in glomerulonephritic rats receiving the normal protein diet. Of interest is that low protein gave protection from a pathological increase in extracellular matrix but did permit a normal repair of glomerular matrix to a control level by day 14 after immunologic injury. Suppression of glomerular matrix buildup by a low protein diet was accompanied by a significant parallel reduction in proteinuria, an important clinical indicator of glomerular damage. We have previously demonstrated a major role for TGF-,B1 in modulating the mesangial matrix expansion in this model of glomerulonephritis (10, 11). As demonstrated in the current study, glomerulonephritic rats receiving a normal protein diet showed elevated levels of TGF-.61 mRNA and TGF-,B1 protein in glomeruli along with increased production of the proteoglycans biglycan and decorin, known to be induced by TGF-,B1 (8). Medium conditioned by the nephritic glomeruli stimulated normal rat mesangial cells to produce proteoglycans; this activity was specifically blocked by addition of anti-TGF-81. In nephritic glomeruli from rats fed the low protein diet, TGF-f31 mRNA and TGF-81 protein were not elevated, proteoglycan synthesis was not increased, medium conditioned by the nephritic glomeruli did not induce proteoglycan production by normal mesangial cells, and there was no pathologic increase of glomerular matrix. The mechanism by which dietary protein reduction affects TGF-,f1 expression is unknown. Although we have empha-

sized TGF-,l31, there are two additional isoforms of TGF-,B (TGF-,f2 and -3) in mammalian cells (3). We cannot exclude an important role for TGF-,32 and/or -3 in experimental

glomerulonephritis and the therapeutic effect of protein restriction. The demonstration of the rapidity ofthe therapeutic action of low protein and the fact that both normal control and


control GN N L N L 4A



FIG. 6. Bioassay of TGF-,f1 using cultured normal rat mesangial cells. Medium conditioned by glomeruli isolated on day 7 from glomerulonephritic (GN) rats induced a clear increase in proteoglycan production compared to similar medium from normal control rats (control) receiving the same diet. The low protein (lanes L) diet prevented the expected stimulation of proteoglycan production by the nephritic glomeruli. Lanes N, normal protein diet. Molecular mass markers are shown on the left.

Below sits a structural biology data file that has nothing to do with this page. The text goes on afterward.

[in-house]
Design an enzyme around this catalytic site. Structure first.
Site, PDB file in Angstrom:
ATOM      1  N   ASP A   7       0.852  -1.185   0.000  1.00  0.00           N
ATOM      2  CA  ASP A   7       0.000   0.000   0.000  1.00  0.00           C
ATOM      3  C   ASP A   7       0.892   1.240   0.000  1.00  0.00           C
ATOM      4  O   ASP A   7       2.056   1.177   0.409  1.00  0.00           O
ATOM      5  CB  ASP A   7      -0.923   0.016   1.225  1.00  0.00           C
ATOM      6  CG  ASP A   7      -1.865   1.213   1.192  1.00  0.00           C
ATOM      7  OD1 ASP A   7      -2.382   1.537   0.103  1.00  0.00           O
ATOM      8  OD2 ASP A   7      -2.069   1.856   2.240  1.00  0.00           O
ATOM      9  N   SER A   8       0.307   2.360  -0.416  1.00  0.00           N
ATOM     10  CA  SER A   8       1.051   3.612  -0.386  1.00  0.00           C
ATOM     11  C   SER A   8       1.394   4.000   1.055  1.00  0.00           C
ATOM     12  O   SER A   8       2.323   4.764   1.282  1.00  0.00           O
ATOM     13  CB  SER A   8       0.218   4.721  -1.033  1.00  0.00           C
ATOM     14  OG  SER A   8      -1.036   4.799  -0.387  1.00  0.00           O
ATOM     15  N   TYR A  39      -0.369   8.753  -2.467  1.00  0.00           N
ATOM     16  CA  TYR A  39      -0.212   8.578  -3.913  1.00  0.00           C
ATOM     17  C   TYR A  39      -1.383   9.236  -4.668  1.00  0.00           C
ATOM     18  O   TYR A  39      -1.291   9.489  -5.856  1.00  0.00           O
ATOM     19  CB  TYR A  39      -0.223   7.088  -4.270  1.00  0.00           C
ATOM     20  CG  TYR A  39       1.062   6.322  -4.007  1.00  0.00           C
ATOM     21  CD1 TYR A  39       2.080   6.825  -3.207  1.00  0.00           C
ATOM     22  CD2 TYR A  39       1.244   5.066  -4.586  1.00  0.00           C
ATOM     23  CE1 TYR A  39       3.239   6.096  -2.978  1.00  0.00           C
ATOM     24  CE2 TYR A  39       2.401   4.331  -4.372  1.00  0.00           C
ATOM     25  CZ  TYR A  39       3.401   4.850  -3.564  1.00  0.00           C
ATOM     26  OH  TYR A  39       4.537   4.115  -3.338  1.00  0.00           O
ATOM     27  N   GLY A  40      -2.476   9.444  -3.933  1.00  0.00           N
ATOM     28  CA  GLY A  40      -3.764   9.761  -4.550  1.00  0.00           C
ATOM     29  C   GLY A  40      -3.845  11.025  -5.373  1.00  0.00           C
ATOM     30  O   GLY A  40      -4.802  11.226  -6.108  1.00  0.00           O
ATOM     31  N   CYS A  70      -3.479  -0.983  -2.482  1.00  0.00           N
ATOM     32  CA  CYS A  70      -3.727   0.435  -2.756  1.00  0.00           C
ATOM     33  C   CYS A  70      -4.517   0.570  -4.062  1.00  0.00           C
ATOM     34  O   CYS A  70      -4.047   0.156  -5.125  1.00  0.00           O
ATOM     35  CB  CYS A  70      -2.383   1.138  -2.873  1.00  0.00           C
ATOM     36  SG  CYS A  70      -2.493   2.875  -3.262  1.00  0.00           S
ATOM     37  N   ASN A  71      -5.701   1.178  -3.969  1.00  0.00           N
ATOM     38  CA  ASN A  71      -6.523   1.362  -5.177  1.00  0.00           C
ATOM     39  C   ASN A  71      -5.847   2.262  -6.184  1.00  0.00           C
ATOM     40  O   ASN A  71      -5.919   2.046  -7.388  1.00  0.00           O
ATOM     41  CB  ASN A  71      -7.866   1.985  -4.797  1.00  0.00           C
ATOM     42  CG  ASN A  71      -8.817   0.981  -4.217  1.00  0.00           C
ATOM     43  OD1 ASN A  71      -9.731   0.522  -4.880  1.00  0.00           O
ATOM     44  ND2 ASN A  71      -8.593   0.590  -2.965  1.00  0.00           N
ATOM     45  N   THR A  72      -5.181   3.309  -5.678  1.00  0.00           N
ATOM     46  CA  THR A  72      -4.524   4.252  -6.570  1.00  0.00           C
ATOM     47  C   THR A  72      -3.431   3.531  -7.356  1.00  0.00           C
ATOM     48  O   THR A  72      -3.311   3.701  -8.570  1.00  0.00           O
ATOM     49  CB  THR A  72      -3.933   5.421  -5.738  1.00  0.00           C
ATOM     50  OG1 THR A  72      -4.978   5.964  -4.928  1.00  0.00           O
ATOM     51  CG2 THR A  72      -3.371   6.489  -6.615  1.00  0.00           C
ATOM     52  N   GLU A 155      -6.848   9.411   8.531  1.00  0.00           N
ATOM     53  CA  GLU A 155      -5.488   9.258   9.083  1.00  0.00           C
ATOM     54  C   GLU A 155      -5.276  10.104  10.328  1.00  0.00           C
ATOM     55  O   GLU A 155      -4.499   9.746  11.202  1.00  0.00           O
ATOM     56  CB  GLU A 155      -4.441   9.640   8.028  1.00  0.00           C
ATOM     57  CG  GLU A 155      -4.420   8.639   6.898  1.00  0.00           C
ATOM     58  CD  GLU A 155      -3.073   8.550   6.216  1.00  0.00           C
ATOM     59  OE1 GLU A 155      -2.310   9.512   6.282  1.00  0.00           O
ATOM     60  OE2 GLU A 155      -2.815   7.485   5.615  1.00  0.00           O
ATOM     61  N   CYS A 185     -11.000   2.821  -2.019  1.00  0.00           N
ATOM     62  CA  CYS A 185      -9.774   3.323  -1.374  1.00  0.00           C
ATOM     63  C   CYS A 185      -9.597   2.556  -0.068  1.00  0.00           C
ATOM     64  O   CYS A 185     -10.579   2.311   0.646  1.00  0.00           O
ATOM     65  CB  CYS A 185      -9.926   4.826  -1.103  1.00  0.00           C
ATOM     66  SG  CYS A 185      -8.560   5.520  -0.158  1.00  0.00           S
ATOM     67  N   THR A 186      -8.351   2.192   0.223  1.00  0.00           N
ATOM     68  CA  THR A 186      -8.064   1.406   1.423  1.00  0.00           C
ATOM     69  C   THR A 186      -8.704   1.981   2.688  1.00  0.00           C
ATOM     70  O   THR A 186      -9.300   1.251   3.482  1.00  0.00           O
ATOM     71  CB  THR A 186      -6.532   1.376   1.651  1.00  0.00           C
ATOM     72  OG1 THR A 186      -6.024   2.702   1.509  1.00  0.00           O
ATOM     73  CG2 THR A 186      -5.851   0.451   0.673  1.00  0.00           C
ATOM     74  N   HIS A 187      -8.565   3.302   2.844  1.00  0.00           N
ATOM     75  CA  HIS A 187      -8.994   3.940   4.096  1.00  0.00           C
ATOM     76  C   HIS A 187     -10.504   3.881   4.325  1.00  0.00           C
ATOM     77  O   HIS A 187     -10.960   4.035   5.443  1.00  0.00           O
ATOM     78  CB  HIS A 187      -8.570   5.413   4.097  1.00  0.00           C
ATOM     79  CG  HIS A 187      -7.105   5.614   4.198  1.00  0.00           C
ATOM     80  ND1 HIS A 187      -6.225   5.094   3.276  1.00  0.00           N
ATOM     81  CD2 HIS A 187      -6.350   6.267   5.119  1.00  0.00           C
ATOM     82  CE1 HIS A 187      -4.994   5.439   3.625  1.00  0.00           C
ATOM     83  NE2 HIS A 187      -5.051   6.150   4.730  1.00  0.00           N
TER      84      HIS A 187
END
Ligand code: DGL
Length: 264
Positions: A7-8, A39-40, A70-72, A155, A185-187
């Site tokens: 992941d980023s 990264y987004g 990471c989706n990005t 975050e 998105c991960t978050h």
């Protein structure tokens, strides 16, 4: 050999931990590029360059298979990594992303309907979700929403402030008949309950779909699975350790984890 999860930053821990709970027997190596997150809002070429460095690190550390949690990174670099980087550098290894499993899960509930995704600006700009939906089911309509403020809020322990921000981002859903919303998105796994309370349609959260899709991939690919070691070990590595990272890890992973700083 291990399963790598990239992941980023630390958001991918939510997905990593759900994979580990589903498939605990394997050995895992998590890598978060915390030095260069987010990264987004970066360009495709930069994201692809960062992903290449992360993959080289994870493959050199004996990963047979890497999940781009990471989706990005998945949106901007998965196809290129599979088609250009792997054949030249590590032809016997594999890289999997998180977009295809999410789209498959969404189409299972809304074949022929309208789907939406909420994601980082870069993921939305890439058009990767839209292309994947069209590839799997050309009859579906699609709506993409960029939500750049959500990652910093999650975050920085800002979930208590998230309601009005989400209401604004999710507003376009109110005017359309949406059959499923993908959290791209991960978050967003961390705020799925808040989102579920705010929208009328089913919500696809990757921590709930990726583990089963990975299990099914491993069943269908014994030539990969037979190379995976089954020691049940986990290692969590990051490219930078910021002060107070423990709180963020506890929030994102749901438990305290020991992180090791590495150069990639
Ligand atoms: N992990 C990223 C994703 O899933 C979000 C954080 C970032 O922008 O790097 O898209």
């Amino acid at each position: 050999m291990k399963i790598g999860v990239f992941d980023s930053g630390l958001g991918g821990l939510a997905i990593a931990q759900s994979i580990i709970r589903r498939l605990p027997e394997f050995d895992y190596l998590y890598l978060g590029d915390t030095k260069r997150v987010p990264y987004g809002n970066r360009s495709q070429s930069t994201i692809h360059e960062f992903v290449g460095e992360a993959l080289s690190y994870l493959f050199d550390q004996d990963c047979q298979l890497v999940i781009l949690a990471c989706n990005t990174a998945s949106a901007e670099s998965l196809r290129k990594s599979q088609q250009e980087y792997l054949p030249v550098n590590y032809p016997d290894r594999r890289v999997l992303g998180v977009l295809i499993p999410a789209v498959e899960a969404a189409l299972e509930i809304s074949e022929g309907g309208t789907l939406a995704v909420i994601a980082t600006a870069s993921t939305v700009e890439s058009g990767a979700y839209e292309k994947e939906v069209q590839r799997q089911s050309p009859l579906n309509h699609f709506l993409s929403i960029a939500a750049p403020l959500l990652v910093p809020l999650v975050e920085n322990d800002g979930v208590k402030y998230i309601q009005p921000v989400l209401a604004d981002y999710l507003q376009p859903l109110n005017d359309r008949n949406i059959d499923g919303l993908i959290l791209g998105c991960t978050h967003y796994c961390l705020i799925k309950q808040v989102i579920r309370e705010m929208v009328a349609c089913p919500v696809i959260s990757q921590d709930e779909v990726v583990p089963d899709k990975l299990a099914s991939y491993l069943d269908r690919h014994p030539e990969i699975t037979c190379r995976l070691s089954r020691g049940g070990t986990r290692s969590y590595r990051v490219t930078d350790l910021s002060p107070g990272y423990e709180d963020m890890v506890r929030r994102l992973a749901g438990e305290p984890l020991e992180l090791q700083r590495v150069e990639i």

Medical Sciences: Okuda et al. glomerulonephritic rats receiving the diet continued to grow throughout the experimental period argues against an effect related to general nutritional deficiency or malnutrition. However, caloric intake may have been a factor, since the rats on the low protein diet gained weight more slowly than the ones on the normal diet. The observation that low protein did not alter glomerular mRNA levels of a control constitutive enzyme indicates that the reduction in TGF-f31 expression represents a specific effect. This view is supported by the work of others that showed that expression of renal renin mRNA is reduced by low protein without affecting mRNA levels of renal or liver angiotensinogen (18). Protein restriction in the rat has also been shown to decrease mRNA levels of insulin-like growth factor I in the liver, to have no effect on the amount of growth hormone receptor mRNA, and to increase mRNA levels of insulin-like growth factor binding protein 2 (19). In these studies, the effects of dietary proteins were found to be complex and were shown to influence both transcriptional and posttranscriptional events depending on the protein being studied. It will be important to elucidate the basis of the dietary effect on TGF-p1 expression because it may lead to additional ways of regulating phenomena in which TGF-,8 plays a role. These include inflammatory events such as the glomerulonephritis model we have studied and possibly also a role of TGF-f3 as a tumor promoter (20-22). The rapid response of TGF-,81 expression to the dietary changes in the glomerulonephritis model will make such studies feasible. We thank Drs. L. W. Fisher, K. C. Flanders, and M. B. Sporn for the antibodies. This work was supported by a departmental grant to W.A.B. and, in part, by Grant CA 42507 to E.R. and Cancer Center Support Grant CA 30199 from National Cancer Institute-Department of Health and Human Services. 1. Klahr, S., Schreiner, G. & Ichikawa, I. (1988) N. Engl. J. Med. 318, 1657-1666. 2. Mauer, S. M., Steffen, M. W., Ellis, E. N., Sutherland,